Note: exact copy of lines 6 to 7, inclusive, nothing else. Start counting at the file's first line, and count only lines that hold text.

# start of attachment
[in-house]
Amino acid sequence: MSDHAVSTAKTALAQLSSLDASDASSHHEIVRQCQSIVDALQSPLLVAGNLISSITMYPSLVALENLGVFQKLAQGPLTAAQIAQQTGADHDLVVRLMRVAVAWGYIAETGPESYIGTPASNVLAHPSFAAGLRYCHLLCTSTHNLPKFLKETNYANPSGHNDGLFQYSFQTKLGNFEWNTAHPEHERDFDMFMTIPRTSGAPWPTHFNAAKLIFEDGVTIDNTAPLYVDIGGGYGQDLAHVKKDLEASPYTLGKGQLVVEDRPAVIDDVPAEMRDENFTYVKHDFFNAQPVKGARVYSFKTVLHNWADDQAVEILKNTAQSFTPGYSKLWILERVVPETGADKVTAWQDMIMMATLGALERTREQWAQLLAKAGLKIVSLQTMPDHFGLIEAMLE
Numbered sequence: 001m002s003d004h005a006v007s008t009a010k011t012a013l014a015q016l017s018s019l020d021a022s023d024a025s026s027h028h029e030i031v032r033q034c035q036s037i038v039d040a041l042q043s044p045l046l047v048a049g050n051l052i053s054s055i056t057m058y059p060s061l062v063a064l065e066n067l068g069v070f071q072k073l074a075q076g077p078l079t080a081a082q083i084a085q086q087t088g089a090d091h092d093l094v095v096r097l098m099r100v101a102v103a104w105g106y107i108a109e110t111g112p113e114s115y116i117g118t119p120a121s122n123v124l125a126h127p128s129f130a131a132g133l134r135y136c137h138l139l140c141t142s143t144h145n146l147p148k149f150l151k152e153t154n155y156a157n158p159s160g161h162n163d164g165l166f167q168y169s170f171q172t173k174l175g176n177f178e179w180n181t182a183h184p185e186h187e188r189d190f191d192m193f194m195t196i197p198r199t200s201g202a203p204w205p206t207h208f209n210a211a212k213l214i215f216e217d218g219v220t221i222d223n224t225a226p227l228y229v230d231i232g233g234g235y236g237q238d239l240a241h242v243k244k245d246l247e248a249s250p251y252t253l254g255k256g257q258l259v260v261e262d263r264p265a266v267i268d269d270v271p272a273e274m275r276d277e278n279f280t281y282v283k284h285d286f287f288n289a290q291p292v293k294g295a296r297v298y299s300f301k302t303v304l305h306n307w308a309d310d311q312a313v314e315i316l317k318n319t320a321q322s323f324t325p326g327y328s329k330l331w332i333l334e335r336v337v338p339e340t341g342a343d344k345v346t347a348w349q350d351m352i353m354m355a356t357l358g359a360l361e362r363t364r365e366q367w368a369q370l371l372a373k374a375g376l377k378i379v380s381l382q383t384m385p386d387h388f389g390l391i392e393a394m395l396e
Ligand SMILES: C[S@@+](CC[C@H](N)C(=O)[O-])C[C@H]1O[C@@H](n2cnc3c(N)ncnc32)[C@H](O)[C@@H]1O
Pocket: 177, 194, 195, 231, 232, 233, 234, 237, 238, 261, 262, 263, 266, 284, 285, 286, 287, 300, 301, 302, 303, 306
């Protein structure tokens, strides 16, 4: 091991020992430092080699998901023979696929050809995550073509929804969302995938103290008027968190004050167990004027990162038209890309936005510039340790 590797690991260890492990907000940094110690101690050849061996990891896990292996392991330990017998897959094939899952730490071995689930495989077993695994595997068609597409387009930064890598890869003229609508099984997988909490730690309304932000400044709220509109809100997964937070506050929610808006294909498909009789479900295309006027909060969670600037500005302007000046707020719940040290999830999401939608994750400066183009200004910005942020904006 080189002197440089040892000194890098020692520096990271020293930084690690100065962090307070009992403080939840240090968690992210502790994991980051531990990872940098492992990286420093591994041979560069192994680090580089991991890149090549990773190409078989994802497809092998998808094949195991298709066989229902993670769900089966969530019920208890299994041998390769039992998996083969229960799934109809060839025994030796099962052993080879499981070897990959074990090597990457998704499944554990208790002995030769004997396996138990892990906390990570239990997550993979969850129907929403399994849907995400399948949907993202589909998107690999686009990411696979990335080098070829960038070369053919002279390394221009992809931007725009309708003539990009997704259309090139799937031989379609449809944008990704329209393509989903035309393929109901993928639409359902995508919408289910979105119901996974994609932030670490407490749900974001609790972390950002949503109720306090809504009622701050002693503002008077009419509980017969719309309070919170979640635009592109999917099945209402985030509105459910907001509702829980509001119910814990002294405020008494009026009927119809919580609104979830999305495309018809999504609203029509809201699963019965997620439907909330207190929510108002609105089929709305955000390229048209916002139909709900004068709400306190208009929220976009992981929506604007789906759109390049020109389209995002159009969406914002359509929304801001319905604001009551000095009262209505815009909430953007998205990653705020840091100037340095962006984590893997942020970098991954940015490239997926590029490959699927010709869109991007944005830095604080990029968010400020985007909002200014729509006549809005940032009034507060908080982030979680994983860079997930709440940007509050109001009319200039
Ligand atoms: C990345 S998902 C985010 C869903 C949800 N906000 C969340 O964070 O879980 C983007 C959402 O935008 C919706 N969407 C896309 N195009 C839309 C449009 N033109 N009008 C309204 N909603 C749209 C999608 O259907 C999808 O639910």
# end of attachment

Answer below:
């Protein structure tokens, strides 16, 4: 091991020992430092080699998901023979696929050809995550073509929804969302995938103290008027968190004050167990004027990162038209890309936005510039340790 590797690991260890492990907000940094110690101690050849061996990891896990292996392991330990017998897959094939899952730490071995689930495989077993695994595997068609597409387009930064890598890869003229609508099984997988909490730690309304932000400044709220509109809100997964937070506050929610808006294909498909009789479900295309006027909060969670600037500005302007000046707020719940040290999830999401939608994750400066183009200004910005942020904006 080189002197440089040892000194890098020692520096990271020293930084690690100065962090307070009992403080939840240090968690992210502790994991980051531990990872940098492992990286420093591994041979560069192994680090580089991991890149090549990773190409078989994802497809092998998808094949195991298709066989229902993670769900089966969530019920208890299994041998390769039992998996083969229960799934109809060839025994030796099962052993080879499981070897990959074990090597990457998704499944554990208790002995030769004997396996138990892990906390990570239990997550993979969850129907929403399994849907995400399948949907993202589909998107690999686009990411696979990335080098070829960038070369053919002279390394221009992809931007725009309708003539990009997704259309090139799937031989379609449809944008990704329209393509989903035309393929109901993928639409359902995508919408289910979105119901996974994609932030670490407490749900974001609790972390950002949503109720306090809504009622701050002693503002008077009419509980017969719309309070919170979640635009592109999917099945209402985030509105459910907001509702829980509001119910814990002294405020008494009026009927119809919580609104979830999305495309018809999504609203029509809201699963019965997620439907909330207190929510108002609105089929709305955000390229048209916002139909709900004068709400306190208009929220976009992981929506604007789906759109390049020109389209995002159009969406914002359509929304801001319905604001009551000095009262209505815009909430953007998205990653705020840091100037340095962006984590893997942020970098991954940015490239997926590029490959699927010709869109991007944005830095604080990029968010400020985007909002200014729509006549809005940032009034507060908080982030979680994983860079997930709440940007509050109001009319200039
Ligand atoms: C990345 S998902 C985010 C869903 C949800 N906000 C969340 O964070 O879980 C983007 C959402 O935008 C919706 N969407 C896309 N195009 C839309 C449009 N033109 N009008 C309204 N909603 C749209 C999608 O259907 C999808 O639910």